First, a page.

The 16-seater Ses’fikile Commuter will be renamed Hiace and continue to be built on the current platform (previous Quantum) at Toyota South Africa’s Prospecton production facility. The Hiace name is well known and trusted in South Africa, and pays homage to the iconic ‘Siyaya’ commuter busses of the 90’s. The Hiace Ses’fikile will retain the 2,7-litre petrol and 2,5-litre diesel engine and drivetrain.

• Quantum 2.8 LWB GL Bus 11-seater – R 597 700
• Quantum 2.8 SLWB GL Bus 14-seater – R 613 500
• Quantum 2.8 LWB Panel Van 3-seater – R 473 900
• Quantum 2.8 LWB Panel Van 3-seater (AC) – R 481 400
• Quantum 2.8 SLWB Panel Van 3-seater – R 509 500
• Quantum 2.8 SLWB Panel Van 3-seater (AC) – R 517 000
• Quantum 2.8 LWB Crew Cab 6-seater – R 482 600
• Quantum 2.8 LWB Crew Cab 6-seater (AC) – R 490 100
• Quantum 2.8 LWB Crew Cab 6-seater (Front & Rear AC) – R 495 600

• Hiace Ses’fikile 2.7 16s – R 419 100
• Hiace Ses’fikile 2.5D 16s – R 444 200

All Quantum models come with a 9-service/90 000 km service plan with service intervals set at 12-months/10 000 km. Toyota’s standard 3-year/100 000 km warranty is also provided.

Cape Town WRX confirmed

Cape Town’s Killarney Raceway will again play host to the final round of the FIA World Rallycross Championship presented by Monster Energy (November 9/10) and, based on the results of the opening three rounds, could well see an impressivly tight chase for the final points in the championship.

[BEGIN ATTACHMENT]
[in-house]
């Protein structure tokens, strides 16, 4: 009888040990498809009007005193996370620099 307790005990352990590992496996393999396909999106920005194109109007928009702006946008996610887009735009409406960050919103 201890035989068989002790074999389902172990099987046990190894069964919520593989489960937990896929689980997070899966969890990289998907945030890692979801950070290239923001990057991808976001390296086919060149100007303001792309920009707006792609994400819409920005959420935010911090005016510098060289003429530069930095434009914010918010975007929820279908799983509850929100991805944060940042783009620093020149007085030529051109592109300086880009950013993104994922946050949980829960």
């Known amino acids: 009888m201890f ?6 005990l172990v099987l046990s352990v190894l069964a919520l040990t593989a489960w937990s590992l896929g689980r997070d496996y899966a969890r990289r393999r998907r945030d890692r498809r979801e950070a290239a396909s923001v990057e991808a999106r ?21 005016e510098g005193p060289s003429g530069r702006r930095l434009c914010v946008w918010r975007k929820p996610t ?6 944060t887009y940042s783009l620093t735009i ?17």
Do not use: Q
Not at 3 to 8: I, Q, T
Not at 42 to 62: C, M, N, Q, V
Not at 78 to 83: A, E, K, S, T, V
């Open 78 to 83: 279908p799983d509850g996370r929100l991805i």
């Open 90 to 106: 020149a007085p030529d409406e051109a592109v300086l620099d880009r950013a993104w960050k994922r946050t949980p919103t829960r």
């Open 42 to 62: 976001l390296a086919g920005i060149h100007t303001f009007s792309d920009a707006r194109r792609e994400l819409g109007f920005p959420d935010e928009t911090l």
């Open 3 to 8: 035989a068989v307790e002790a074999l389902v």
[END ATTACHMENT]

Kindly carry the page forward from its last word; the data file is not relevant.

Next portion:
Kevin Hansen (Peugeot 208) currently leads the championship chase with 69 points from brother, Timmy, also Peugeot mounted on 58 points with Russia’s Timur Timerzyanov now third after a stunning win recently in Belgium. He is on 53 points.

Although he has not actually won an event this season, Janis Baumanis (Ford Fiesta) has been extremely consistent and sits on 52 points and just one ahead of the very experienced and competitive Andreas Bakkerud in the Audi A1.


World Rallycross for 2019 features a total of 16 permanent drivers – six teams and four individual entries – representing eight automotive brands that are competing for top spot in this year’s championship. These drivers are from 11 different countries, making World RX a truly multinational event with rich, diverse styles and unique flair.

Additionally, the 2019 RX2 International Series, presented by Cooper Tires, will also feature this year. South Africa is one of only seven countries globally to be hosting these races, ensuring even more thrills and spills in Cape Town.

The City of Cape Town’s Mayoral Committee Member for Safety and Security JP Smith says: “As the City of Cape Town we are really excited that the FIA World Rallycross Championship is returning to our beautiful city for a third straight year.

“In the first two years, the event was a wonderful experience for spectators who were kept on the edge by the exhilarating action on the circuit. For us as Cape Town, events such as Rallycross are not only prestigious but they are also critical to promoting job opportunities and developing the South African economy to support our local communities.

“We are again looking forward to welcoming the drivers, organisers and the internationals fans to the World’s Leading Festival and Event Destination in 2019. We look forward to creating a great experience for petrol heads and new fans who absolutely should not miss one of the world’s most exciting motor sport events.”


Torben Olsen, the Managing Director of World RX for IMG Motorsports, the series promoter, is more than a little excited.